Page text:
Brainstorming 101

If you’re setting out to brainstorm new ideas and concepts, here’s some things I’ve experienced over the past few years that may help.

1) Get a great facilitator. Someone that’s open minded, will keep people on track and will get people to contribute.

2) Put a great question together and figure out how to answer it. It helps if you can define what you’re trying to do as much as possible. Free form brainstorming rarely turns into anything of value and usually leads to something that you probably can’t execute anyway. Make the question as specific and restrictive as possible. “How do we solve problem (x) with (y) dollars, (z) time, and existing skill sets?” You may be surprised at how many ideas you can come up with. You may get a lot of resistance at first like “You’re limiting us” but to get really creative you usually need to deal with the realities of the situation. [I forgot to include a very important point here – if somebody is telling you that your approach to the problem is wrong or suggests a different way of approaching it, listen to them. It’s possible that they’re lateral thinkers, these people make all the difference in innovation. Lateral thinkers are game changers.]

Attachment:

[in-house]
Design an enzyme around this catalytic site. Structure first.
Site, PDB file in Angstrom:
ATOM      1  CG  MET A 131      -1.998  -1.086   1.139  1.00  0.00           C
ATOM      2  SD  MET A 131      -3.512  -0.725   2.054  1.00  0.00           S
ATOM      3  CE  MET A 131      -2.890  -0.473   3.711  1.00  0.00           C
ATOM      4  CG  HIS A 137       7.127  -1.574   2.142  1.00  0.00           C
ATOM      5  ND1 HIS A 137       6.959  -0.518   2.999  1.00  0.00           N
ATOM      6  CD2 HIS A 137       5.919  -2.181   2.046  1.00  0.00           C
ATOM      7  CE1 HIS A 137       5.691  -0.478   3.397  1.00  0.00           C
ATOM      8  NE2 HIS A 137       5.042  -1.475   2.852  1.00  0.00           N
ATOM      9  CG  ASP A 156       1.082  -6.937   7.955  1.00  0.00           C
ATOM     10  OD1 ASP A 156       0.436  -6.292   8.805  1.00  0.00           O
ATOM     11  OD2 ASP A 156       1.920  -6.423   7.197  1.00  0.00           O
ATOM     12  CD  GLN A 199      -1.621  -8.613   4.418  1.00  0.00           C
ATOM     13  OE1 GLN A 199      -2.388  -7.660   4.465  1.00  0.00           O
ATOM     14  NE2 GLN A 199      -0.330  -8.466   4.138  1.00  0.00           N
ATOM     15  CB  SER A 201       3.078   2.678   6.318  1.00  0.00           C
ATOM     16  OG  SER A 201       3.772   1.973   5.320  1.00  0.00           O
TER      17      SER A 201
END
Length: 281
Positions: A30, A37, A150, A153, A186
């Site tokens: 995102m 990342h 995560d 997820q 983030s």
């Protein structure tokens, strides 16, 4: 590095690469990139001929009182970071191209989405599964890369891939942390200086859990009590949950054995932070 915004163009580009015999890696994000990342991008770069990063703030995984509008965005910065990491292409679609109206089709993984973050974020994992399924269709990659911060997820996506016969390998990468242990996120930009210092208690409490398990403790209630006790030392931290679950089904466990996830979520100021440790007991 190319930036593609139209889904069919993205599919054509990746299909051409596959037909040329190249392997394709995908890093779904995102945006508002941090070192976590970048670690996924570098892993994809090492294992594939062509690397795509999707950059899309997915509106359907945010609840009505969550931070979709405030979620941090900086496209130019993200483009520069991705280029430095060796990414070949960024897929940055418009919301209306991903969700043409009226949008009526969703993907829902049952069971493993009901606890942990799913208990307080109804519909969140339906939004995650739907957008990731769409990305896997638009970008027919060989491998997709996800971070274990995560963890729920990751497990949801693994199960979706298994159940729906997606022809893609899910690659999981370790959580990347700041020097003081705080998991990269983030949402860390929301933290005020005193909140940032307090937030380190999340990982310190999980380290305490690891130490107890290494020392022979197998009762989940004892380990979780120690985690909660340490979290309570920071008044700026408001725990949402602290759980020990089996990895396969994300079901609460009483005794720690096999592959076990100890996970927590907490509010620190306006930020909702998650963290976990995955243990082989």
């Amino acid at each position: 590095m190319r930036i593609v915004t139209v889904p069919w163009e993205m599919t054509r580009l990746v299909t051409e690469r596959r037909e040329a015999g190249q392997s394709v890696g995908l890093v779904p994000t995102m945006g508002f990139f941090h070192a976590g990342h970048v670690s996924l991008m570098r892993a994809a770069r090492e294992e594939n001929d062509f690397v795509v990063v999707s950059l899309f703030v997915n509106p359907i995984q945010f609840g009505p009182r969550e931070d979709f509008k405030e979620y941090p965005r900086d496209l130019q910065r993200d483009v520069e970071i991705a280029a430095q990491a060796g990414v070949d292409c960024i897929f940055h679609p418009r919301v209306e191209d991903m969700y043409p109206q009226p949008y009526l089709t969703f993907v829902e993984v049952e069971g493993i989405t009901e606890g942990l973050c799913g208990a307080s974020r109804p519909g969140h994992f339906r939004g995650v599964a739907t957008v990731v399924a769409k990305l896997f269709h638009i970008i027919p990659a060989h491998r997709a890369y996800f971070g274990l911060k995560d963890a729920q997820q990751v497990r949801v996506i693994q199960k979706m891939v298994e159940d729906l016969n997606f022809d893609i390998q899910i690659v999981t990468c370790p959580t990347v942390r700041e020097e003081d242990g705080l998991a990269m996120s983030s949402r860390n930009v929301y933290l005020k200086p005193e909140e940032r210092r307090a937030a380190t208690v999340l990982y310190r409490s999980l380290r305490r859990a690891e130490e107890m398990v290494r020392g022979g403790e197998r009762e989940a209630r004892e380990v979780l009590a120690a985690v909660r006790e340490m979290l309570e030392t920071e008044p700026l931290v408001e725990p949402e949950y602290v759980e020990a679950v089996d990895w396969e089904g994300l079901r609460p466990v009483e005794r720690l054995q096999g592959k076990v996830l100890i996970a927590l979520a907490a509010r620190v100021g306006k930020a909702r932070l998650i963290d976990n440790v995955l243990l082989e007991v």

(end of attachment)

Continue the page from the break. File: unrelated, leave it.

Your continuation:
3) Put a time constraint in place. Give yourself a limited amount of time to generate ideas and the ideas you generate MUST address the question asked in #2. Don’t go over, stop on time and move on. However, people may go home and think about it a little longer. They may also have an epiphany. Make certain that you account for this as answers to problems are rarely straightforward. The subconscious may chew on it for a while and come up with something spectacular.

4) Isolate yourselves. Set aside a time and place where nobody knows where you are or what you’re working on. Turn off cell phones and focus on what you’re doing.

5) If it’s not coming together, say so. You can’t force people to come up with ideas to solve a problem. But you can create an environment where people feel comfortable and willing to participate. If it’s just not working for whatever reason then reschedule. Or move to a different location. Or get different people.

6) Create follow-up tasks, delegate those tasks to individuals and put dates and times in place to get them resolved. The task may be to do market research, speak to your target audience or get a patent attorney. Set concrete and measurable tasks that have a specific owner. Leave no latitude as to who should be running with which item.

That’s it at it’s most basic implementation. Before you get started on any session make sure you’ve got the essentials. Whiteboard, pizza, cokes, etc. The facilitator should set and enforce the ground rules and only let people deviate when it’s in the teams best interest.

If you have other experiences, things that worked in the past, things that didn’t, don’t hesitate to comment here.